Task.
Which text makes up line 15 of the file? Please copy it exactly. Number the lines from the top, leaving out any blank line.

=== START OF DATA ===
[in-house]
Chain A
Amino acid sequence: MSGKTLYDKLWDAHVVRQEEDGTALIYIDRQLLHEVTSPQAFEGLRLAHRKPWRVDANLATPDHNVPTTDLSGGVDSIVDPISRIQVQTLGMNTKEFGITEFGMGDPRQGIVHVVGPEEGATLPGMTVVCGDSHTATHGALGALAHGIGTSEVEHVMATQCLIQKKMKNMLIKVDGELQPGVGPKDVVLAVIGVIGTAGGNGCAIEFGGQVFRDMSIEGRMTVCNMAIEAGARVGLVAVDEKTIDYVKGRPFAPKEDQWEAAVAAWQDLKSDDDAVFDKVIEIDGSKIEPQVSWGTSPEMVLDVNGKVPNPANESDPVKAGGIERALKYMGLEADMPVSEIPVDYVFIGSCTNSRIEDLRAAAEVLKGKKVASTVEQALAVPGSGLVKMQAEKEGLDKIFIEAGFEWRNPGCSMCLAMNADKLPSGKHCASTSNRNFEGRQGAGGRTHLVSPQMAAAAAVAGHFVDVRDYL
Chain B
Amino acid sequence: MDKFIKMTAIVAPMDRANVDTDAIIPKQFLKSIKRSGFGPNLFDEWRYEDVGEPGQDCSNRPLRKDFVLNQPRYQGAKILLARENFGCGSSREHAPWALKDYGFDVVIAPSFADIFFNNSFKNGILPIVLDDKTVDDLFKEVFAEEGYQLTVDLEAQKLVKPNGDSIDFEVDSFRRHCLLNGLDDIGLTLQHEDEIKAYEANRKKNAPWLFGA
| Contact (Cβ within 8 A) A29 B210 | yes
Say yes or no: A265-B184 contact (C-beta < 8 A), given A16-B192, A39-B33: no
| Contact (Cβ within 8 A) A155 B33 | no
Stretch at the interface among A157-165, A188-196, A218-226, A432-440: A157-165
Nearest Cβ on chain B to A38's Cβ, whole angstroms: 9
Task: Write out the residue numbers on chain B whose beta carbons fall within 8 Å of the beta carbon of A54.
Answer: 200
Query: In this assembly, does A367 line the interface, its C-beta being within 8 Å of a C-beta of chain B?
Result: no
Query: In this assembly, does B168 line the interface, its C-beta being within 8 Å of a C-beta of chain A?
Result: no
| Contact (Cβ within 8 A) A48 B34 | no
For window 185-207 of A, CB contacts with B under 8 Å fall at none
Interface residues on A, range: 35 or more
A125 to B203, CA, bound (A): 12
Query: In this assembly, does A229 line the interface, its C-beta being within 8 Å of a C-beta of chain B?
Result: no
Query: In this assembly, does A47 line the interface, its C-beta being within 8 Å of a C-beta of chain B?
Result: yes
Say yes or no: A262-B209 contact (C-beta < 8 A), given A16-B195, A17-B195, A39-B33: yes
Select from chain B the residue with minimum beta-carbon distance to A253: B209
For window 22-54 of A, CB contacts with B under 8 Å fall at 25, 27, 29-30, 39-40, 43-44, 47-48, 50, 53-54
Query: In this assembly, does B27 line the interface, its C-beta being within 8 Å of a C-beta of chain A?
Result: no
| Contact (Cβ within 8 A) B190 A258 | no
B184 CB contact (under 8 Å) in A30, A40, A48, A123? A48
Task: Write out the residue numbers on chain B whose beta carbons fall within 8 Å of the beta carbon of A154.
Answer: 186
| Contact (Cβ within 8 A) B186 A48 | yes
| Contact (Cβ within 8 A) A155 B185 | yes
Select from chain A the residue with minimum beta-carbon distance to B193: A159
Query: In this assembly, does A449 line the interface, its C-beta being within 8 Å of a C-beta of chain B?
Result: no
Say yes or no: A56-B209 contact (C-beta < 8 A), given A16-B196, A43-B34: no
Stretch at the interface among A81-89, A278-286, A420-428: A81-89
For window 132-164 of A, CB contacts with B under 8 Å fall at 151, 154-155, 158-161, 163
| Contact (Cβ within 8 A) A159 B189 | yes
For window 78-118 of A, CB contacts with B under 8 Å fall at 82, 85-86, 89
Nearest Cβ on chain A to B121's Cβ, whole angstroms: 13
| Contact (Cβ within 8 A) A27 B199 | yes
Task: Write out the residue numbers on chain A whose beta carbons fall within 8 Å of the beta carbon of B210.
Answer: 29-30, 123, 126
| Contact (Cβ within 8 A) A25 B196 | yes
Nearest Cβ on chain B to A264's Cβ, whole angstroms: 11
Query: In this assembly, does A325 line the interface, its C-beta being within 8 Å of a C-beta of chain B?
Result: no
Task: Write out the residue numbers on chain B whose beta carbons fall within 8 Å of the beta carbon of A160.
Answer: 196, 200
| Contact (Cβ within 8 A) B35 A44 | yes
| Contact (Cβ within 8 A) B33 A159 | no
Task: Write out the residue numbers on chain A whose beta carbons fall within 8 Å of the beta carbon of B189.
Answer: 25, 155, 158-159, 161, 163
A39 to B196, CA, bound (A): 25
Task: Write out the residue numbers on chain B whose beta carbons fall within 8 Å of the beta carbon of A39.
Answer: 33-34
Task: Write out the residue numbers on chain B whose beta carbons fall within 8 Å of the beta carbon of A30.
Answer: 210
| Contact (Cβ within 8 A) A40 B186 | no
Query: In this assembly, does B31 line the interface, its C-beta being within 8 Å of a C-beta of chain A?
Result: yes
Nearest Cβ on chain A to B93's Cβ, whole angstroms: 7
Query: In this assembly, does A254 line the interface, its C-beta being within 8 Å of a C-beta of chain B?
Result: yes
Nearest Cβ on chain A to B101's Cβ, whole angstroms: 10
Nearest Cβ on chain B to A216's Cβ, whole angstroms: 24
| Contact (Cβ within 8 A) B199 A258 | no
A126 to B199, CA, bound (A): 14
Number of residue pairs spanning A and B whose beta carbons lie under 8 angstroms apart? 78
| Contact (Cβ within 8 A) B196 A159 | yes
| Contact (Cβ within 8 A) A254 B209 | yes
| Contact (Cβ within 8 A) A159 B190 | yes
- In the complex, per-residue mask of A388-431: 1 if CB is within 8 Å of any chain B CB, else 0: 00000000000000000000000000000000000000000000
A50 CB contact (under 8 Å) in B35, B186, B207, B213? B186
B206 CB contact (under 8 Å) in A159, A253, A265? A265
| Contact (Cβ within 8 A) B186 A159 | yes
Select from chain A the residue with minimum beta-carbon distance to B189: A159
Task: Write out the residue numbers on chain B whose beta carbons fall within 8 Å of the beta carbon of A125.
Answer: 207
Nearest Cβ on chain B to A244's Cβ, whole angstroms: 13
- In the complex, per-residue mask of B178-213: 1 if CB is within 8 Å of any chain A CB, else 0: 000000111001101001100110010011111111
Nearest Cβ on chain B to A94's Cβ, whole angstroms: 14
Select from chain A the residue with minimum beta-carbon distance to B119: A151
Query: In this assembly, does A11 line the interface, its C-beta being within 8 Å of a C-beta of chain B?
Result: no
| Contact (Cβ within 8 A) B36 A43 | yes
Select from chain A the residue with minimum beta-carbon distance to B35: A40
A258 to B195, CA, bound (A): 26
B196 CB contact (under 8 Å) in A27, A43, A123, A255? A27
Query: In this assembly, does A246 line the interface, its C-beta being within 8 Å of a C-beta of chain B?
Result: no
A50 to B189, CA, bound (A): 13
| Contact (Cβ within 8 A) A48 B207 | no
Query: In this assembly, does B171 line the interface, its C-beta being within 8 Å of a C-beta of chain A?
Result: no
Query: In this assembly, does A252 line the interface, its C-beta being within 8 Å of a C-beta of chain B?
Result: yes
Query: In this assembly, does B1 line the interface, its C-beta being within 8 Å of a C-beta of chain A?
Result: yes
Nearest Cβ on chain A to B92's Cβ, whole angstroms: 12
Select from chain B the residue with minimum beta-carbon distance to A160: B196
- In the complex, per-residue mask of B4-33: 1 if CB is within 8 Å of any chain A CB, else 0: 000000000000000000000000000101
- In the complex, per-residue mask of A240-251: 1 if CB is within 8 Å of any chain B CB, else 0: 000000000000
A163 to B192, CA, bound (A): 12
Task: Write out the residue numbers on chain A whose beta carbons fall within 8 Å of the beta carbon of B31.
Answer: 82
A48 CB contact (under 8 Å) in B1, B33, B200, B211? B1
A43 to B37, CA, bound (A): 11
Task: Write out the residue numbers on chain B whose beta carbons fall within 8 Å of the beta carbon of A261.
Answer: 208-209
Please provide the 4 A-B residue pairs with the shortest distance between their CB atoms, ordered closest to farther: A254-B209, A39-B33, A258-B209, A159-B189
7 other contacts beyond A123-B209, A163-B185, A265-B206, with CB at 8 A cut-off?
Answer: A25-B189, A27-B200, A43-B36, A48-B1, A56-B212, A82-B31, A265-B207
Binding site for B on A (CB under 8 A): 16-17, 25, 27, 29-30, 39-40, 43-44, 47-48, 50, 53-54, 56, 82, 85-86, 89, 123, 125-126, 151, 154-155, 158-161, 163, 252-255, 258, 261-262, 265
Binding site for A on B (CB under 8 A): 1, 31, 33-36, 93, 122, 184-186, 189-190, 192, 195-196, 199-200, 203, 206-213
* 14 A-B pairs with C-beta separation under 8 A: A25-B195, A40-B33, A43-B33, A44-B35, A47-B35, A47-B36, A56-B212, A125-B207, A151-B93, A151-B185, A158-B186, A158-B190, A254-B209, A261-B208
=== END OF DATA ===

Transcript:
Query: In this assembly, does B168 line the interface, its C-beta being within 8 Å of a C-beta of chain A?